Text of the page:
House To Pursue Criminal Action Against Holder
RENEE MONTAGNE, HOST:
And for the first time in American history, the House of Representatives has declared a sitting attorney general in contempt of Congress. In a pair of votes cast largely along party lines, the House moved to pursue criminal sanctions against Eric Holder and to take steps to sue him in federal court. They blame Holder for not turning over documents about the Fast and Furious gun scandal. The White House immediately criticized the move as a political stunt that would go nowhere. NPR justice correspondent Carrie Johnson has more.
CARRIE JOHNSON, BYLINE: While most of official Washington had its eye on the Supreme Court, another historic event unfolded only a few blocks away in the U.S. Capitol.
UNIDENTIFIED MAN #1: House calendar number 140, report to accompany resolution recommending that the House of Representatives find Eric H. Holder, Jr., attorney general, U.S. Department of Justice, in contempt of Congress for refusal to comply with a subpoena...
JOHNSON: By a vote of 255 to 67, Republicans made Eric Holder the first Obama cabinet official, and the first sitting U.S. attorney general, to be held in contempt. Ted Poe, a Republican from Texas, put it this way.
REPRESENTATIVE TED POE: Even the attorney general cannot evade the law. Time for America to find out the truth about gun smuggling to Mexico. Time for a little transparency. Today is judgment day.
REPRESENTATIVE JIM MCGOVERN: This isn't about getting to the truth. This is about politics. It is about politics.
JOHNSON: That's Democrat Jim McGovern from Massachusetts. He pointed out the Justice Department had tried to settle the dispute at least twice by offering to turn over a batch of documents about its response to the flawed gun sting known as Fast and Furious. But California Republican Congressman Darrell Issa, who's been leading the investigation, rebuffed the deal. Then the White House asserted executive privilege to keep the materials secret, arguing they revealed internal deliberations and were, in other words, none of Congress's business.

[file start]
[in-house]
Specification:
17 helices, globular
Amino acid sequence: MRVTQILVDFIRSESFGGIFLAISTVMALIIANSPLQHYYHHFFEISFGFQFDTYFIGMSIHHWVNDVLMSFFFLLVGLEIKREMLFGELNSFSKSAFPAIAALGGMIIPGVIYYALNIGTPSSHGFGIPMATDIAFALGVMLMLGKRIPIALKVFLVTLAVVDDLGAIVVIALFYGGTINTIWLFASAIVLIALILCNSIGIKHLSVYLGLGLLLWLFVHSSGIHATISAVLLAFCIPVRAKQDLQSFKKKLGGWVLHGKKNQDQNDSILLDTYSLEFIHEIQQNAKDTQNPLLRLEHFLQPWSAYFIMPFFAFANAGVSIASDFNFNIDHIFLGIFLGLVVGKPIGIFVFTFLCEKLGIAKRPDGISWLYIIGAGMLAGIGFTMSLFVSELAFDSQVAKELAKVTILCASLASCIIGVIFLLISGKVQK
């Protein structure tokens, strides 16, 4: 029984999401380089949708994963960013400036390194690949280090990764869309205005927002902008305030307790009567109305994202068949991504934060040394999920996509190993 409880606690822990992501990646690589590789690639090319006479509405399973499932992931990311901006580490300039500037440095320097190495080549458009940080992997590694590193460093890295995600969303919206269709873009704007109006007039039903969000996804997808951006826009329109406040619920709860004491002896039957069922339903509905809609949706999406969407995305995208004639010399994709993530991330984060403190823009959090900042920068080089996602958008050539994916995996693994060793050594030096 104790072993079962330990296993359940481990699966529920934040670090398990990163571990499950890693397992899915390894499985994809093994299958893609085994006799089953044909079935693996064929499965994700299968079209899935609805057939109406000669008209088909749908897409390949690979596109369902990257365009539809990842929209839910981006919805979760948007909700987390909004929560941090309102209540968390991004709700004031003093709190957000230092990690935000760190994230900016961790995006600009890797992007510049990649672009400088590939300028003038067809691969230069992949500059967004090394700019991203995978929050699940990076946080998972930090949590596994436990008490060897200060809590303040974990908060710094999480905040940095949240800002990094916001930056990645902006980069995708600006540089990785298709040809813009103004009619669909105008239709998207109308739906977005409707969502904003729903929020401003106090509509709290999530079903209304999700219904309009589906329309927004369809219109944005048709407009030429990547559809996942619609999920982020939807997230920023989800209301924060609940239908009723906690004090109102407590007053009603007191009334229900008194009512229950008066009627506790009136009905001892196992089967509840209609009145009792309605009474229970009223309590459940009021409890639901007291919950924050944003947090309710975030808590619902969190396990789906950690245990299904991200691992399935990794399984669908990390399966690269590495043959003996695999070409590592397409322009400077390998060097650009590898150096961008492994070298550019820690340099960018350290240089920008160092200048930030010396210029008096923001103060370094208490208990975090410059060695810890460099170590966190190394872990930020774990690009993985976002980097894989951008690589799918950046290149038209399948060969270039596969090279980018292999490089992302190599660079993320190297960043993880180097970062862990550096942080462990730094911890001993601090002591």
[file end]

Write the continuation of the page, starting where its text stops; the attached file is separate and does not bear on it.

House Speaker John Boehner, a Republican from Ohio, took a different view.
REPRESENTATIVE JOHN BOEHNER: We've shown more than enough good faith, but the White House has chosen to invoke executive privilege. That leaves us no other options.
JOHNSON: From the U.S. attorney's office in New Orleans, the attorney general held his own news conference with a photo of President Obama hanging on the wall behind him. Holder called the House vote a disservice to the American people.
ERIC HOLDER: It's clear that they were not interested in bringing an end to this dispute, or even obtaining the information they say they wanted. Ultimately their goal was the vote that, with the help of special interests, they now have engineered.
JOHNSON: By special interests he means the National Rifle Association. The NRA was keeping score on how many lawmakers voted against Holder. Delegate Eleanor Holmes-Norton, a Democrat from Washington D.C.
DELEGATE ELEANOR HOLMES-NORTON: Any doubt that today's contempt resolution is political was put to rest when the NRA joined in to blowtorch vulnerable Democrats to vote for contempt today.
JOHNSON: Ultimately, fewer than two dozen Democrats cast their votes against Holder, and senior Democrats in the Senate and House, including John Dingell of Michigan, who described himself as a lifetime member of the NRA, went out of their way to back the attorney general. Members of the Congressional Black Caucus stormed out of the Capitol arm in arm to protest a vote they called shameful against the first black attorney general. So what happens next?
The criminal contempt citation will be sent to the U.S. attorney in Washington, D.C., who happens to work for Eric Holder. And if precedent is any guide, the U.S. attorney will do nothing. The House is also poised to sue for Fast and Furious documents, but Adam Schiff, a Democrat from California, called that a waste of time too.
REPRESENTATIVE ADAM SCHIFF: And you know how this will end? It will end months or years from now with a settlement in federal district court in which the Justice Department will provide the very same documents they have already offered to provide.
JOHNSON: Carrie Johnson, NPR News, Washington.
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